In the Paleolithic or ‘hunter gatherer’ era, from 2.6 million years ago until the agricultural revolution 10,000 years ago, our ancestors woke up with the rising sun in the morning and rested for a good nights sleep not long after sundown. Scientists estimate that our Paleolithic ancestors averaged about 10 hours of sleep per night. Of course the absence of an external light source, television sets, and laptops made it a little easier to get to bed so early, but the benefits are deeply engrained in our DNA.
Your circadian rhythms are based on the light and dark cycles of the day and have a profound effect on your bodyweight, cardiovascular health, fertility, and well-being. Melatonin, your body’s sleep hormone, is secreted in the evening about 3 hours after your last meal. It makes you feel tired, drowsy, and prepares you for deep rejuvenating sleep.
In winter, Paleolithic people slept longer hours – approximately 10-12hrs per night – as the days got shorter and darker. Your immune and hormonal functions are linked to these evolutionary circadian rhythms of light and dark, and understanding how this effects you will help you improve your energy levels, build muscle, burn fat, and upgrade your overall health.
For example, daylight increases your dopamine and cortisol output, getting you out of bed and ready for the day ahead. When was the last time you felt energized in the morning? How many cups of coffee do you go through to get yourself going in the morning? Do you need your alarm clock to wake up or do you wake up naturally?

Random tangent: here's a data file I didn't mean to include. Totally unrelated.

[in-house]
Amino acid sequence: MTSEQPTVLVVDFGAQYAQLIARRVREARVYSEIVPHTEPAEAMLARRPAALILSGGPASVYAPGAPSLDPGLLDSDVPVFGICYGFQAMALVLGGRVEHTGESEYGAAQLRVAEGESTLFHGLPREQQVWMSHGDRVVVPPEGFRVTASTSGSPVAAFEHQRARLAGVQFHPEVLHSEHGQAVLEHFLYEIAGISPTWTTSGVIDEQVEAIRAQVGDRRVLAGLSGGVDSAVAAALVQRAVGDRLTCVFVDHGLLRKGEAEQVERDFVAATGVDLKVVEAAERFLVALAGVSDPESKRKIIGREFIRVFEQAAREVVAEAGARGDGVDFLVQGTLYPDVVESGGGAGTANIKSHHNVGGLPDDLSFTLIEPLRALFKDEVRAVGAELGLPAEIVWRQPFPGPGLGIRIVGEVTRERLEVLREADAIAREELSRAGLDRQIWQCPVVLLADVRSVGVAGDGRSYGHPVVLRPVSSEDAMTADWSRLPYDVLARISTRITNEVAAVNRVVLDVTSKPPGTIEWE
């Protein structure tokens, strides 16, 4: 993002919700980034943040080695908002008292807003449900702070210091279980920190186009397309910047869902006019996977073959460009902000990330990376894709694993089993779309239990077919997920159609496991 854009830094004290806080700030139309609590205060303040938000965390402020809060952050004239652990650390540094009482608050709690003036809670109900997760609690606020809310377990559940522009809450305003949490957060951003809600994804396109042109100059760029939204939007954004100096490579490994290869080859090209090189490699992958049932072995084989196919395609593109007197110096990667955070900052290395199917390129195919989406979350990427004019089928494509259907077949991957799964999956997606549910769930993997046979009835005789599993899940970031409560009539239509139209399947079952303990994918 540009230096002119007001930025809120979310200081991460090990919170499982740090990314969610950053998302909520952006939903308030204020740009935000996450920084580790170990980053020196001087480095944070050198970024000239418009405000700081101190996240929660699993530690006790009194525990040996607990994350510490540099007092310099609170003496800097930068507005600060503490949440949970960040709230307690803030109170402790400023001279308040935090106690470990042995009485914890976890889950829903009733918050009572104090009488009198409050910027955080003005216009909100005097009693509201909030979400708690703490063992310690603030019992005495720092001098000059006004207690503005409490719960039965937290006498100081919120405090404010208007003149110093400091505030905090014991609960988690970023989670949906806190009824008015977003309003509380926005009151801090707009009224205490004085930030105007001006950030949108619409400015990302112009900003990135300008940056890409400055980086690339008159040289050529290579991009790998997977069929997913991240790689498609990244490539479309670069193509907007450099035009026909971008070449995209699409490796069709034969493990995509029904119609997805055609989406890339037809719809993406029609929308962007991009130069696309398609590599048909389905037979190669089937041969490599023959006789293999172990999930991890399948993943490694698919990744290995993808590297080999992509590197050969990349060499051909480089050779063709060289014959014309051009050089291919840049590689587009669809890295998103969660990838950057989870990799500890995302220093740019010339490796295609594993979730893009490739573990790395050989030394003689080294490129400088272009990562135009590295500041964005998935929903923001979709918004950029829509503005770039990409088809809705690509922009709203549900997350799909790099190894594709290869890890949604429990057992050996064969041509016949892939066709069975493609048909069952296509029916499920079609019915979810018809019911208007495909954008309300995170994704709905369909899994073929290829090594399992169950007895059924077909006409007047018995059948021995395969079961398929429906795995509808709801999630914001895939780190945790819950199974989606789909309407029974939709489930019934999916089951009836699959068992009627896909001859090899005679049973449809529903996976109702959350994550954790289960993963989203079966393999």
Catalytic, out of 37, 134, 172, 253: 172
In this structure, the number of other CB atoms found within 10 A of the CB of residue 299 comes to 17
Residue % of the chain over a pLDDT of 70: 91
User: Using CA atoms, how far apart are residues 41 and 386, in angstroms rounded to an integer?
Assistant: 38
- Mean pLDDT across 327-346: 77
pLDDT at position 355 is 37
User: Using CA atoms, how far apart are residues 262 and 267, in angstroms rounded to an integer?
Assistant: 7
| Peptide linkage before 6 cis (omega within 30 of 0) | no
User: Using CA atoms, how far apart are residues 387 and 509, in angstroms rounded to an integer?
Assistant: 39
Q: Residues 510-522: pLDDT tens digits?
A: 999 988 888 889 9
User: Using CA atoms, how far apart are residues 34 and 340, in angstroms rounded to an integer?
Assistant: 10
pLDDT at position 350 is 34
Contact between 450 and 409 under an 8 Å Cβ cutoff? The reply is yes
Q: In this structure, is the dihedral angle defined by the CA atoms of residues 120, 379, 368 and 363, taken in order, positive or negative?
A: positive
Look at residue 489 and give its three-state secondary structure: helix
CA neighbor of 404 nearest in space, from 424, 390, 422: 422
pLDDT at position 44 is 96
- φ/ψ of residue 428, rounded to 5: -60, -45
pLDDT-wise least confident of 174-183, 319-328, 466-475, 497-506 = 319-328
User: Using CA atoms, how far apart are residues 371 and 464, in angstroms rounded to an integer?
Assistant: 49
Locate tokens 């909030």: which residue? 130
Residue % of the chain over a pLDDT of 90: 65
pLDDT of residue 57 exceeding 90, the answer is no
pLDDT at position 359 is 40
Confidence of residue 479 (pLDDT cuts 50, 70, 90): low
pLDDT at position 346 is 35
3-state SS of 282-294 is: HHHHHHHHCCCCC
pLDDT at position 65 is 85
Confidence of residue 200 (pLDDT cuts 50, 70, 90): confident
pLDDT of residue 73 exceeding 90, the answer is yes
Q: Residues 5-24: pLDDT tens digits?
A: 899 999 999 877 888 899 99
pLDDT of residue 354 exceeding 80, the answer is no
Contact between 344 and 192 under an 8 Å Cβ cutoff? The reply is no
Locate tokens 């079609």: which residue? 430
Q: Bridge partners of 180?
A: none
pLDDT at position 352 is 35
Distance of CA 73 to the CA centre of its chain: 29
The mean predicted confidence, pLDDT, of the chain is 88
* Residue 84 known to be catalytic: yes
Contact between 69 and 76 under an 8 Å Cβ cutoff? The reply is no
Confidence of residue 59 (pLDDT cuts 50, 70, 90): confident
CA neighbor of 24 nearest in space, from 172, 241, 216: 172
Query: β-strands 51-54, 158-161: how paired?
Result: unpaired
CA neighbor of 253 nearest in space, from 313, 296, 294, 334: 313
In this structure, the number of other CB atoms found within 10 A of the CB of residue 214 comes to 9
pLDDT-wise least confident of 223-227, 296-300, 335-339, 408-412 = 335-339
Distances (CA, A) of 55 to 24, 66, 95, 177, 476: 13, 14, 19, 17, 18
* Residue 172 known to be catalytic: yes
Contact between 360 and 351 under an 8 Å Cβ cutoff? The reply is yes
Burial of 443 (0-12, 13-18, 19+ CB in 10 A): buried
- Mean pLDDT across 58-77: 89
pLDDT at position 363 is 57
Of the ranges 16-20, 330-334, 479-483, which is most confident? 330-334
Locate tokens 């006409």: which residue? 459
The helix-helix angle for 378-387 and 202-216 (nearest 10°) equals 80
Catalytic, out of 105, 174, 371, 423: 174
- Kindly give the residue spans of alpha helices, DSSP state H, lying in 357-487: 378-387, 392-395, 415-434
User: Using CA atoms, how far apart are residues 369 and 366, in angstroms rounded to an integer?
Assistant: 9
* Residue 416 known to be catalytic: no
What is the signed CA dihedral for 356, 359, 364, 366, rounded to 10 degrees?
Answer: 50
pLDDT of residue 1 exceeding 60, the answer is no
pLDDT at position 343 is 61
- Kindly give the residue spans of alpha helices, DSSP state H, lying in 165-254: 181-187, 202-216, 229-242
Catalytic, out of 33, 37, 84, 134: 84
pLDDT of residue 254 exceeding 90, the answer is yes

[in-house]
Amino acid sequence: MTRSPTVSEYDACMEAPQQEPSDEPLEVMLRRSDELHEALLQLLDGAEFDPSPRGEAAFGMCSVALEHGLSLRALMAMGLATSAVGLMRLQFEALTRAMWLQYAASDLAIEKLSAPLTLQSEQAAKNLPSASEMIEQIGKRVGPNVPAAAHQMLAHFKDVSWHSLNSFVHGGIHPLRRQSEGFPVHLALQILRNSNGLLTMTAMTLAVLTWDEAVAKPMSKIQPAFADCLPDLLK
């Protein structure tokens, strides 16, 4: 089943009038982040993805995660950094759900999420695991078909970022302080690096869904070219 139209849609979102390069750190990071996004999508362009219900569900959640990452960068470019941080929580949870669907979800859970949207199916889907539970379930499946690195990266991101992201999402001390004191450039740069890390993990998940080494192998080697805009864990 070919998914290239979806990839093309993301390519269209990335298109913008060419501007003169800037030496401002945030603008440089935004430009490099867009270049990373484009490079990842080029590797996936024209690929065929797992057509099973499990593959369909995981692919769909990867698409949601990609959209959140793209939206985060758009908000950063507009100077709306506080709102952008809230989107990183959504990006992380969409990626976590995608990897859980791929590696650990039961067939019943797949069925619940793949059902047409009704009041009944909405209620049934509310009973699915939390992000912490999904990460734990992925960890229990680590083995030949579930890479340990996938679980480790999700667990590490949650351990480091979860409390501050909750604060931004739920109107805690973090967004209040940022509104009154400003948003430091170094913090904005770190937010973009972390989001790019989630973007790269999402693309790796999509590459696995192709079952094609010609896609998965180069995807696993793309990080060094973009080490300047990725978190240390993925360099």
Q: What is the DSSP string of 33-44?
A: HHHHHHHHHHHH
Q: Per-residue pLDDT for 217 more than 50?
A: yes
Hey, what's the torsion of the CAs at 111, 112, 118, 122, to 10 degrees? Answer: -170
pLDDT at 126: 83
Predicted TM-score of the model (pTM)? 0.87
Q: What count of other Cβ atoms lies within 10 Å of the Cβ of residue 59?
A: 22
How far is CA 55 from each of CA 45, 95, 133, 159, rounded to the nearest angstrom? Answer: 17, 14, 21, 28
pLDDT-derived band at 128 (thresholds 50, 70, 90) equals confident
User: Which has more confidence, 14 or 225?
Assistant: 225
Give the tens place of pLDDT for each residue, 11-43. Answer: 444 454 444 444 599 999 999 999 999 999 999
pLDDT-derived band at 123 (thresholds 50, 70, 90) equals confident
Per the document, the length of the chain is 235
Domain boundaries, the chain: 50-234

Your natural hormonal patterns shift throughout the day and by nightfall your cortisol and dopamine levels should be at their lowest, allowing melatonin production to kick in and stimulate your repair and rejuvenation hormone... growth hormone. Growth hormone is essential for rebuilding your body while you sleep, helping to build lean muscle, burn fat and keep your immune system strong. (Your body is hard at work while you rest!)
So what’s the problem with our 21st century sleep patterns?
Two generations ago, our grandparents average about 9-10 hours sleep per night, not very far off our Paleolithic ancestors. Today, the average North American gets between 6-7.5 hours of sleep, about an hour or two less than the recommended 8 to 8.5 hours sleep per night. Over the course of a year, this would amount to approximately a 500-hour ‘sleep debt’!
Over-consuming coffee can add to the problem. How do you know if you are over-doing the stimulants?
You’ve been abusing your coffee intake if you don't feel the same ‘kick’ from your morning cup of joe, or if stopping your intake results in headaches, irritability, or intense fatigue. Coffee triggers the production of adrenaline from the adrenal glands and stimulates our sympathetic – ‘fight or flight’ – nervous system. While this is okay in moderation, chronically relying on this form of energy is like revving the RPM’s on your car constantly into the red zone. Before too long, you'll burn out your engine!
So what can you do to start cutting into your sleep debt?
Let’s start in the bedroom. The key to sleep is ensuring you have total darkness in your bedroom. Make sure to remove all light sources (think red lights from the alarm clocks), cell phones on the bedside table, and nearby laptops from the vicinity of your head. All of these stimulate the nervous system and prevent deep sleep. Next, turn off the television or shut off your laptop at least an hour before bed to allow your body to unwind. All of these stimulants activate the nervous system and prevent deep sleep. Finally, get to bed before midnight to increase your number of sleep hours per night. In Tradtional Chinese Medicine (TCM), every hour of sleep before midnight counts as DOUBLE, because they are so valuable for restoring health and wellness.
Make time to 'schedule' in more sleep... it will pay off with better energy, productivity, and performance at work and in the gym!
Dr Marc Bubbs ND, CISSN, CSCS
Check out more articles in the SLEEP SERIES...
- 7 (Evidence-Based) Reasons To Nap More
- Ancestral Clues To Better Sleep
- After Hours Emails Ruining Your Sleep?
- How Important Is Sleep? Just Ask The World Series Champs!
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